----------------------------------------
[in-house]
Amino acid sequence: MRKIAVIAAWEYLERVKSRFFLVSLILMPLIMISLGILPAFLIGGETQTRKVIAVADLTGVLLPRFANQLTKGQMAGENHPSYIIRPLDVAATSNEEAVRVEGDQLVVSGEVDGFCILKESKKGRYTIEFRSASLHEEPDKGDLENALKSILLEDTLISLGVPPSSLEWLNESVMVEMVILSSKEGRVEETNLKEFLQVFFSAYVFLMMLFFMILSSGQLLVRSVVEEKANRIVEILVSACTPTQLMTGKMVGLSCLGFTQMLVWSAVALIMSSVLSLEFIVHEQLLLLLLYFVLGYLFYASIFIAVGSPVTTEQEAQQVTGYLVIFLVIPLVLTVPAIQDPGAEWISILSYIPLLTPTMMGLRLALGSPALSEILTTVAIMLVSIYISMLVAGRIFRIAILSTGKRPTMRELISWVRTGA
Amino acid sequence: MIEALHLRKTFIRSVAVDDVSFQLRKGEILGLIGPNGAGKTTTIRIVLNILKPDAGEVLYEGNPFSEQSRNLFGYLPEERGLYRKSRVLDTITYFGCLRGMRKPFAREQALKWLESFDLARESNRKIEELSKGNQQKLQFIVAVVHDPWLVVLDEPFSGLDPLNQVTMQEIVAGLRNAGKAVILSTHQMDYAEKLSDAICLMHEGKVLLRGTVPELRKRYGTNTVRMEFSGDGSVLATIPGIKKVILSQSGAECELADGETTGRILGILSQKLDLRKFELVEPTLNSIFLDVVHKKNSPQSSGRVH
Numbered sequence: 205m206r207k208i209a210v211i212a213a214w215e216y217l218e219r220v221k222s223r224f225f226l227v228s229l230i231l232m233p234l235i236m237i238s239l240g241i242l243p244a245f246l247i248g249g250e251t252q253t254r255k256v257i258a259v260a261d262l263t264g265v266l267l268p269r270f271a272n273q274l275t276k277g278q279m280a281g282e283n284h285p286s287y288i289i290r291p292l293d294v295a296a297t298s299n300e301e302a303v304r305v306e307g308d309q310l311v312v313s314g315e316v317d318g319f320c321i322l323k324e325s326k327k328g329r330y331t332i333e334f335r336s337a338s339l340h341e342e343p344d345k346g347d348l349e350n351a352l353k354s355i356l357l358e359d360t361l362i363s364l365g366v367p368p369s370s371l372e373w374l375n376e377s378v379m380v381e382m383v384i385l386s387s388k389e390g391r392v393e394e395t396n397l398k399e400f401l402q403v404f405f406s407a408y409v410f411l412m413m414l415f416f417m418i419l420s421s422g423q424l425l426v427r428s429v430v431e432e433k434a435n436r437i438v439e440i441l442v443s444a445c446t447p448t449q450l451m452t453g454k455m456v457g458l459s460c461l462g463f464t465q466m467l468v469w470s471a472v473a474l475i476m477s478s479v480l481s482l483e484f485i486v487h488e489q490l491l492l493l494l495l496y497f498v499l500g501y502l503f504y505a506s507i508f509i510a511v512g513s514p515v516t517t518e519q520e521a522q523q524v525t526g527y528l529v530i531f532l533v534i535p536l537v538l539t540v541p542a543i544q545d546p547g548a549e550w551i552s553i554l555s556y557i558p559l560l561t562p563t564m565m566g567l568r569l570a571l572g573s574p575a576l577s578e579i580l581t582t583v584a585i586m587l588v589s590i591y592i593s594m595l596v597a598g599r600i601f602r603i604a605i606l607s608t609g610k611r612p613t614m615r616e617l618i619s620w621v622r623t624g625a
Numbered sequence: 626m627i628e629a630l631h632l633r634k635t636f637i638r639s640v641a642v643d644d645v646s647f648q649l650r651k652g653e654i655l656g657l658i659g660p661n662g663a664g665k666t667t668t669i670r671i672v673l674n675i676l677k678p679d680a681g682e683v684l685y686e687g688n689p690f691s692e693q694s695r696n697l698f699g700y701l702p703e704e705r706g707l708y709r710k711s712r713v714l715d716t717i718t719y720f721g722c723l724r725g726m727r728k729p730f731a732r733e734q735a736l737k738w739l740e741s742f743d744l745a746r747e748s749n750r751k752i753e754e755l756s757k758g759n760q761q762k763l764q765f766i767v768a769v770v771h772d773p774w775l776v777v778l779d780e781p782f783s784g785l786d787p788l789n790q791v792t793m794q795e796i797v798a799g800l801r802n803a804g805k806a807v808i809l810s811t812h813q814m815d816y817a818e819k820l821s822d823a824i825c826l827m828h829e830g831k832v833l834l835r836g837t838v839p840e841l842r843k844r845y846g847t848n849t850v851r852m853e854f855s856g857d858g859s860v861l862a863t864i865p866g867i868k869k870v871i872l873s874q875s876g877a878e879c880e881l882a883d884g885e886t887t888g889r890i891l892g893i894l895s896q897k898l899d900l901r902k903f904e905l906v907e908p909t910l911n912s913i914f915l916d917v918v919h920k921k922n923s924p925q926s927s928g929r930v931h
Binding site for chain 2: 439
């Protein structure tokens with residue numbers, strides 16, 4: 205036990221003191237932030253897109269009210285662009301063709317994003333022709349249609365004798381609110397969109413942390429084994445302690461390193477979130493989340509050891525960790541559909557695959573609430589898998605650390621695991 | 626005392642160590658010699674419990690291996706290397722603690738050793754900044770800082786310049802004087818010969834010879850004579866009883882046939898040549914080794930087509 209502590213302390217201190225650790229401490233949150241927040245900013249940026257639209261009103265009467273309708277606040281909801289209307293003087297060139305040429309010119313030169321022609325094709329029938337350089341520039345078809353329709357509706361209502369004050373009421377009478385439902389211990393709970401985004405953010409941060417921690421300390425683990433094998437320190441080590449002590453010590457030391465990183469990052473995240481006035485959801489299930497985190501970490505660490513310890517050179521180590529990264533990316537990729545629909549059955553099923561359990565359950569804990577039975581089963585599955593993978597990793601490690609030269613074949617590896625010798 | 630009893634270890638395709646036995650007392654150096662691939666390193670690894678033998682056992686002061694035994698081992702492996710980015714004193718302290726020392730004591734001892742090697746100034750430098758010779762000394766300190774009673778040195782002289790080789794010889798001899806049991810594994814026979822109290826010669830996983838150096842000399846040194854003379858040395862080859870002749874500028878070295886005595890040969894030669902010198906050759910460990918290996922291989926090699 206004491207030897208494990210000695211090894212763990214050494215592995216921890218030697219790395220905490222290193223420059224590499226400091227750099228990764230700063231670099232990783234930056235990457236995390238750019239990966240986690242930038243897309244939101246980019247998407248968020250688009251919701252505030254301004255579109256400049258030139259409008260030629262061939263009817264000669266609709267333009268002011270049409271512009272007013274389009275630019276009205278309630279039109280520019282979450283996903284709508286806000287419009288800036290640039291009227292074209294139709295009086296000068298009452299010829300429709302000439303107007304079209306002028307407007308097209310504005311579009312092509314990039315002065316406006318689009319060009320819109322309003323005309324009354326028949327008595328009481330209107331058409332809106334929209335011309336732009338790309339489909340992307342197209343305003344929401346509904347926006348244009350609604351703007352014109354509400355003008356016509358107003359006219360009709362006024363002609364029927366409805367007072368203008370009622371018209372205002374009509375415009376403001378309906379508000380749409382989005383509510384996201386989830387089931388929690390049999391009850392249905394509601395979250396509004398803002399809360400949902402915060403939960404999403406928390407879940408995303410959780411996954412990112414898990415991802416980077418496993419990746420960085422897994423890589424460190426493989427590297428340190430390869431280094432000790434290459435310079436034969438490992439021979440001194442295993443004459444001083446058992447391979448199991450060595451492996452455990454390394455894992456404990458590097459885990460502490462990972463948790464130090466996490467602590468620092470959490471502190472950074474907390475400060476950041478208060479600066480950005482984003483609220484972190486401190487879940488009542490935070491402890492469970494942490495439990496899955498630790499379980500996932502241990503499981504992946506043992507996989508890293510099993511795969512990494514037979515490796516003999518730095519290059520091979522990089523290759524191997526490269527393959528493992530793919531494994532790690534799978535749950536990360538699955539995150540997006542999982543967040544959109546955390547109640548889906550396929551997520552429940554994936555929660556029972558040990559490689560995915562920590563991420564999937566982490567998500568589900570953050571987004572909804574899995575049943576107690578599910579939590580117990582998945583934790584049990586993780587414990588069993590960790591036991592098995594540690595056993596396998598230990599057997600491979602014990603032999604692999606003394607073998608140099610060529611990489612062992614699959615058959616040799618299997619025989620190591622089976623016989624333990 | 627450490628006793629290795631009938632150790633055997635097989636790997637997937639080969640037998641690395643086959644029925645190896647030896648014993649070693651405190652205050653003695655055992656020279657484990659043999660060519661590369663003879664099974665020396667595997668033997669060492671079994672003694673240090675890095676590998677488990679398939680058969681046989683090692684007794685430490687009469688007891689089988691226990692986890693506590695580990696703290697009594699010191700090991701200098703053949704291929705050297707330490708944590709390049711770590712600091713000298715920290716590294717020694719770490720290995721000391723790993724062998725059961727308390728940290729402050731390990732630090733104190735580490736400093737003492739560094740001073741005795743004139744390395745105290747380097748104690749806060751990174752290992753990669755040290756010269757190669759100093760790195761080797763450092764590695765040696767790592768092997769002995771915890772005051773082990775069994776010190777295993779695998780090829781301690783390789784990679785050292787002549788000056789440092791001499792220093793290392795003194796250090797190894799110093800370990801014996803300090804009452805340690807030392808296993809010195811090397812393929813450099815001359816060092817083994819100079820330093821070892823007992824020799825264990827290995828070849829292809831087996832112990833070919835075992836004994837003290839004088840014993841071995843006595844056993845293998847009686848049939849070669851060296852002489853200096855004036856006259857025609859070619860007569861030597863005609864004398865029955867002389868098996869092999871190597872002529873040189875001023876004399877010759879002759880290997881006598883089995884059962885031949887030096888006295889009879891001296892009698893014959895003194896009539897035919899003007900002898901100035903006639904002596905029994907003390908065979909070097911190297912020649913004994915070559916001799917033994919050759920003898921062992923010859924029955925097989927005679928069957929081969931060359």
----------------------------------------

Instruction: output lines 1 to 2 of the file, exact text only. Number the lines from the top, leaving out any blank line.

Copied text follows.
[in-house]
Amino acid sequence: MRKIAVIAAWEYLERVKSRFFLVSLILMPLIMISLGILPAFLIGGETQTRKVIAVADLTGVLLPRFANQLTKGQMAGENHPSYIIRPLDVAATSNEEAVRVEGDQLVVSGEVDGFCILKESKKGRYTIEFRSASLHEEPDKGDLENALKSILLEDTLISLGVPPSSLEWLNESVMVEMVILSSKEGRVEETNLKEFLQVFFSAYVFLMMLFFMILSSGQLLVRSVVEEKANRIVEILVSACTPTQLMTGKMVGLSCLGFTQMLVWSAVALIMSSVLSLEFIVHEQLLLLLLYFVLGYLFYASIFIAVGSPVTTEQEAQQVTGYLVIFLVIPLVLTVPAIQDPGAEWISILSYIPLLTPTMMGLRLALGSPALSEILTTVAIMLVSIYISMLVAGRIFRIAILSTGKRPTMRELISWVRTGA